This compound patch was inspired by a test case that was sent to me where ULE did very badly. It is simply:
cpuset -l <single cpu> shell of your choice
while forever &
SSDs can respond in dozens or hundreds of microseconds. The checksum starts out interactive but quickly reaches 30+% cpu on my system and is marked for batch processing. At that point it now waits on its timeslice behind the loop every time it is woken up. This means it runs once per-100ms until it potentially decays back to an interactive thread where it briefly preempts and runs back up to 30% cpu where it loses interactivity again. This oscillation happens over the course of many seconds because the interactivity score is purposefully harder to enter than leave. ULE was not designed with high frequency wakeups for batch processes. The code in tdq_runq_add() ensures that the loop will get to complete its slice if it is preempted. We don't preempt batch priority tasks. We do try to limit latency for cpu hogs by scaling down the slice but even running once per-tick here is insufficient for more than about 3% cpu on my system. If we want this to behave well, we have to allow some limited timeshare preemption.
The fix I'm experimenting with, is allowing a kind of limited preemption for timeshare threads whose priorities are far enough apart. This somewhat defeats the fairness mechanism in the timeshare queue. What it does is check if the priority delta exceeds a threshold and then sets NEEDRESCHED if it does. To defeat the optimization where preempted threads are placed back at the head of the queue, we have to re-insert this favorable thread at the head queue position. Since priorities for batch are determined by %cpu, this allows the checksum thread to hit a stable cpu consumed. On a small time scale it is actually falling in and out of the priority range that allows for limited preemption so it runs in short bursts but this oscillation in state happens many times per-second. This change would exacerbate the effect of negative nice but not completely eliminate the fairness. I have mixed feelings about the timeshare_delta as a result.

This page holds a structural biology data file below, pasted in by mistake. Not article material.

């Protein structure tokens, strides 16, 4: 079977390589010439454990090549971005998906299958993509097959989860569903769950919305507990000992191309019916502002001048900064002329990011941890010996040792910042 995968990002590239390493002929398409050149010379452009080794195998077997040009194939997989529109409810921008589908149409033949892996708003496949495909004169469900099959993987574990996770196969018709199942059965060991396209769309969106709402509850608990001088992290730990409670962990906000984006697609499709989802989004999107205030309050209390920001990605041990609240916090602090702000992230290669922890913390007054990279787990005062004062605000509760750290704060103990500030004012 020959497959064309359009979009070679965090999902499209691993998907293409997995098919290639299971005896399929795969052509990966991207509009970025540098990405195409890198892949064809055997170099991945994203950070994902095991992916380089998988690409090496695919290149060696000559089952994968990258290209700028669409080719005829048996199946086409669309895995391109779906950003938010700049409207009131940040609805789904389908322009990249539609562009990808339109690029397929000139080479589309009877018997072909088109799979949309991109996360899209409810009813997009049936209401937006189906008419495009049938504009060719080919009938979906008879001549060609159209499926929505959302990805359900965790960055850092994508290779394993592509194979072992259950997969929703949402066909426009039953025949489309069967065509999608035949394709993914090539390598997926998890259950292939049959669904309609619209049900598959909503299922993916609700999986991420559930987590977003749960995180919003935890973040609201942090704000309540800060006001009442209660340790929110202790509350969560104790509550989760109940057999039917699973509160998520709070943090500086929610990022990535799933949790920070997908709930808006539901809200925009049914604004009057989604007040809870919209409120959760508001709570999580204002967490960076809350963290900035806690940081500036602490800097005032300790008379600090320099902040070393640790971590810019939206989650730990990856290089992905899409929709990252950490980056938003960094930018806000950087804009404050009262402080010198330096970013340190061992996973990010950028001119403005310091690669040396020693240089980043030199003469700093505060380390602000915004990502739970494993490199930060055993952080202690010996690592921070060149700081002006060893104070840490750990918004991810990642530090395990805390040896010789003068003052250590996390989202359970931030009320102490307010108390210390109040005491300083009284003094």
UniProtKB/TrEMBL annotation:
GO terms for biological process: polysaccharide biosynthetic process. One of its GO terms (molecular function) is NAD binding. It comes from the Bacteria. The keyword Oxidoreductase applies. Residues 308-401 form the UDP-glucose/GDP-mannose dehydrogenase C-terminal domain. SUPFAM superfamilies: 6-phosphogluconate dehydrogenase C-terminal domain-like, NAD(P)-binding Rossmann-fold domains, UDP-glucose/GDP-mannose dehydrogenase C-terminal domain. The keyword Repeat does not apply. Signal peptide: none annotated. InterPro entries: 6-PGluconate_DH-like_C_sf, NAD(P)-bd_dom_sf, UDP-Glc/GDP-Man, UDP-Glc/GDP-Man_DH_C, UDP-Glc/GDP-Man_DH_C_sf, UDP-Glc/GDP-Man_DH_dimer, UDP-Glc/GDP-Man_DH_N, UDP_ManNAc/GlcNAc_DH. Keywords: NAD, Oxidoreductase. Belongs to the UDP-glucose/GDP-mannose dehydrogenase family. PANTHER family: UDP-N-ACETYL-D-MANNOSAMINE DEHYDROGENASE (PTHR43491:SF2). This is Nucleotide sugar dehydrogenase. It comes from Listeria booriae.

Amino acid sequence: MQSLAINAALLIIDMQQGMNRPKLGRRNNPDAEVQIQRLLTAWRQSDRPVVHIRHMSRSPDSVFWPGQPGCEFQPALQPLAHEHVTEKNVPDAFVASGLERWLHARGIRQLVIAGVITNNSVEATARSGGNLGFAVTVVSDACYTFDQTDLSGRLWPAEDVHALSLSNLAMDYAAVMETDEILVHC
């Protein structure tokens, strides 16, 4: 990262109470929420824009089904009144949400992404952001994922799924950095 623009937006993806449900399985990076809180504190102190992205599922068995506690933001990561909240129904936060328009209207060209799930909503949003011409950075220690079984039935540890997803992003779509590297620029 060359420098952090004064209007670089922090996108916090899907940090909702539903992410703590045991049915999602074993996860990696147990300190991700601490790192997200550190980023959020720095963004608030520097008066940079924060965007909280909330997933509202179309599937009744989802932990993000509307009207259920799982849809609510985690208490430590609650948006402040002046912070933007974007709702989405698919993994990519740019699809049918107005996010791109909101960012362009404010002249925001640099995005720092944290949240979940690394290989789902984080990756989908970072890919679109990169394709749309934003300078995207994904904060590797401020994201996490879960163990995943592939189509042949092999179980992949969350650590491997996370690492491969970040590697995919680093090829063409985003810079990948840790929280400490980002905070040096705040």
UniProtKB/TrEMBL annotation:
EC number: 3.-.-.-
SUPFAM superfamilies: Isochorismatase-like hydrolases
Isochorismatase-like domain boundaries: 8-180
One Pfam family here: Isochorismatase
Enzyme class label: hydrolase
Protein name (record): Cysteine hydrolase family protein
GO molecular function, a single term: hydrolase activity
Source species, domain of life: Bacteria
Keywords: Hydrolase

Along the way I noticed that we were not setting NEEDRESCHED on remote wakeups and we were generating somewhat excessive IPIs and preemption. I also found two bugs in non-default sysctl settings that I fixed. I will document those inline below.
This makes buildworld take 1% longer on my 16 core/32 thread amd TR. It reduces preemption by over 30%. The timeshare "preemption" adds 10% more NEEDRESCHED calls but the missing remote RESCHED doubles the total count. I believe that is actually a bug and needs to be fixed despite the minor slowdown.